Writing PowerShell cmdlets

After a conversation with someone at IBM last week about PowerShell, I picked it up again and have been having a play. I’ve been trying to write my own cmdlets, which has been an interesting experience – so I thought I’d jot down a few quick notes about what it’s been like.

First… a quick recap. Windows PowerShell is a command-line shell for system administrators. It has a number of neat features, but perhaps the most obvious is it’s object oriented approach – letting you pass objects (rather than strings) between commands in a pipe. I’ve done some work on writing PowerShell scripts before, but this time I approached it more as a developer – looking at how to extend the shell with new commands.

The .NET nature of PowerShell means you can run any .NET API at the Shell. In fact, this is what I did when I first played with PowerShell using the WebSphere MQ .NET API. It’s a quick way to get started without having to learn much about PowerShell – and I played around writing some simple scripts that were a translation of C# programs into the PowerShell syntax.

But it wasn’t really using PowerShell in the PowerShell way. What I have tried doing over the last couple of evenings is to extend PowerShell to include new commands that support WebSphere MQ administration work. I’ve been writing Cmdlets.

(If you’re not too interested in the detail of the whys or the hows of creating cmdlets but you are interested in WebSphere MQ, you might want to skip to the end of this post to see examples of what I’ve done in action…)

What are ‘Cmdlets’?

The PowerShell term for a command is “Cmdlet”. There is a good discussion about the distinction between Cmdlets and APIs on the PowerShell blog – essentially looking at if you already have a .NET API (as we do with WebSphere MQ), why bother creating Cmdlets as well?

The question boils down to “Why not let sys-admins use the API?”. And the best answer is because “sys-admins aren’t programmers”. If you have a very nice, clear API, maybe you can get away with giving them the API. But the focus of Cmdlets seem to be more about providing this function in an abstract, task-oriented, user-friendly way.

Besides this difference in focus and “mindset”, some other neat characteristics of Cmdlets worth mentioning…

All commands follow a VERB-NOUN pattern – a verb to describe the action to perform, and a noun to identify what to perform the action on. For example, Get-Process returns a list of processes running on the system. Putting the verb first is apparently supposed to reinforce the task-oriented mindset of cmdlets – it’s about what the user wants to do, rather than focusing on the product.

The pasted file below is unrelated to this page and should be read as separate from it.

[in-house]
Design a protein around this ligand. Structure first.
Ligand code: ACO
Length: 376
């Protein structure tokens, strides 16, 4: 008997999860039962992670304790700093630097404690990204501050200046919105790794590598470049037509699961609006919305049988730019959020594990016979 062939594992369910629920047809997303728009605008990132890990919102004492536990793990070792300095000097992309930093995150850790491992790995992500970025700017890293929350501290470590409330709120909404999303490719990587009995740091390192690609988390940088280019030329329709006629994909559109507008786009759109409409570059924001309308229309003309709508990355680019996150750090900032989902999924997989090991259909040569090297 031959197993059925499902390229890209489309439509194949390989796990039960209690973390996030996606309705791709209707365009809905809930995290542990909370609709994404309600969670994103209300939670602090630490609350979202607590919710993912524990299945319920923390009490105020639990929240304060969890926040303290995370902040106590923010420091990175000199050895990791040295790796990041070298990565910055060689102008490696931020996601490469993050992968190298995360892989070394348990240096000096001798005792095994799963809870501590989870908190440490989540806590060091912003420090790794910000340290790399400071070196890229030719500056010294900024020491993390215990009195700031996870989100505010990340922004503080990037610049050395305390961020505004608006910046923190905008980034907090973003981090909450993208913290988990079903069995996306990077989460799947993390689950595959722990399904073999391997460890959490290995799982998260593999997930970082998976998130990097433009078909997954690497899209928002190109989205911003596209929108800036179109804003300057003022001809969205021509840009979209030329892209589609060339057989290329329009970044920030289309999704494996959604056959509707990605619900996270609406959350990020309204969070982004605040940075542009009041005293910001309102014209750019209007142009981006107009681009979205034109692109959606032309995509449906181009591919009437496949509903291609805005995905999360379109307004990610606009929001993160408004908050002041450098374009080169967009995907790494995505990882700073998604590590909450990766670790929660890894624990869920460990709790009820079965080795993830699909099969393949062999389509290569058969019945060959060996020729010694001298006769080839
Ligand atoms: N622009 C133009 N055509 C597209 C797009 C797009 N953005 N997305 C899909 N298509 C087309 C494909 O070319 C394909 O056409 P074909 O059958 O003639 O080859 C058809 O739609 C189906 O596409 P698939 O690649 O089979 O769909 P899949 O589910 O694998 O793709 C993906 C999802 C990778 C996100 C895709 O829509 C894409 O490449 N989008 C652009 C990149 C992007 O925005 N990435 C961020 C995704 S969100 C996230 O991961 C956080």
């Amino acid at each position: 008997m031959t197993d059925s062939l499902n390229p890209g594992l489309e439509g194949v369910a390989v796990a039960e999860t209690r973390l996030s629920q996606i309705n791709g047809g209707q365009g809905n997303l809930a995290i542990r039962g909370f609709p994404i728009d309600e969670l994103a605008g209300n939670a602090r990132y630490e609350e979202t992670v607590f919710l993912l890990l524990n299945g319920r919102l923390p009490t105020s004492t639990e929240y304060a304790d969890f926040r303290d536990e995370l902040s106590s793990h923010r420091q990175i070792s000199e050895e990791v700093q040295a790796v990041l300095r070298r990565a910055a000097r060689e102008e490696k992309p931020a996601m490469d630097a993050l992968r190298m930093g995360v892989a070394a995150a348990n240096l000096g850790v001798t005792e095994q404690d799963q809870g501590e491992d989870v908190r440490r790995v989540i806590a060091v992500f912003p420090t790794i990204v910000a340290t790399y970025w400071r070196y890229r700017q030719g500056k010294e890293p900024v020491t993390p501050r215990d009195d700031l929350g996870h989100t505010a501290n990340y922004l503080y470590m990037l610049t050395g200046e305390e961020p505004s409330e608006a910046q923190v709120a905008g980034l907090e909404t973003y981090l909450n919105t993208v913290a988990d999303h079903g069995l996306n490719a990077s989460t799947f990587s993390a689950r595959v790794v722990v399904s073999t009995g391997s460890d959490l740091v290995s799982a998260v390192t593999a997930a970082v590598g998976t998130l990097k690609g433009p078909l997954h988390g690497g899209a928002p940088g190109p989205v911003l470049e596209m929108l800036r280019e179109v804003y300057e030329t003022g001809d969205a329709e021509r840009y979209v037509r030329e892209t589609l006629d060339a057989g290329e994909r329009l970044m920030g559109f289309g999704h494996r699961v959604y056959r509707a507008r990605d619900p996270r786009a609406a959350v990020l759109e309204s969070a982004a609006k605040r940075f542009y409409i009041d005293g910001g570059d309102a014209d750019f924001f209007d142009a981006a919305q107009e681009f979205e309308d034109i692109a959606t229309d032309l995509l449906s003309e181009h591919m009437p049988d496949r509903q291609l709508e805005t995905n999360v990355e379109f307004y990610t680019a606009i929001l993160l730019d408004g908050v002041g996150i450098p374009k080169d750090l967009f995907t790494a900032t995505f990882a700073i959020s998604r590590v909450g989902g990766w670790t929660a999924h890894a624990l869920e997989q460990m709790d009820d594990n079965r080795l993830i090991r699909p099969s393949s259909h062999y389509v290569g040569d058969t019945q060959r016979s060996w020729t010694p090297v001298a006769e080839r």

When writing a new Cmdlet, you choose a verb from the predefined list of Windows PowerShell verbs. I really like this constrained approach. It makes it much easier to start using an unfamiliar interface if you can make reasonable guesses at what the commands will be before you even start. (And with the tab-completion for all registered commands, guessing near to what a command is normally enough).

If that is not enough help, then there are standard ways to get more information about commands – from consistent approaches to get documentation for a command (you can use Get-Help – similar to the UNIX ‘man’ command) to ways to find a command if you can’t guess it’s name (with Get-Command).

The user gets to choose how to handle errors when running commands – when developing a Cmdlet, you distinguish between non-terminating and terminating errors – giving sys-admins the ability to choose the behaviour in the event of a non-terminating error (e.g. continue, continue silently, halt, prompt) in a consistent way for all Cmdlets.

Cmdlets (should!) support wildcards – even if the API they are wrapping does not. This is something that I think will make a big difference between a set of WebSphere MQ cmdlets, and the command-line tools we currently have. And the PowerShell engine does a lot to support the Cmdlet developer to make this possible.

The way you can pass objects through pipelines between commands is very powerful. For example, in PowerShell Stop-Process lets you stop a running process – similar to UNIX’s kill -9, and Get-Process lets you get the current processes – similar to UNIX’s ps. But putting them together is so much easier than in UNIX:

Get-Process notepad | Stop-Process
This stops all of your notepad processes. Doing this in a UNIX script means piping ps output into sed or something like that, to get the PIDs out for passing to kill.

Cmdlets can write output to more than just stdout, with the ability to generate output in various forms such as webpages, spreadsheets or RSS feeds.

Writing my first Cmdlets

1 – Identify what cmdlets I need.
I made a list of tasks WebSphere MQ sys-admins will want to be able to do – then matched these tasks up with a verb from the list of common Cmdlet verbs that was the closest match for each. (I was expecting this to be difficult – wondering how I’d handle it when I needed to do something that wasn’t covered by one of the verbs there – but that hasn’t happened. Everything that I’ve wanted to do so far can be described with one from the PowerShell set.)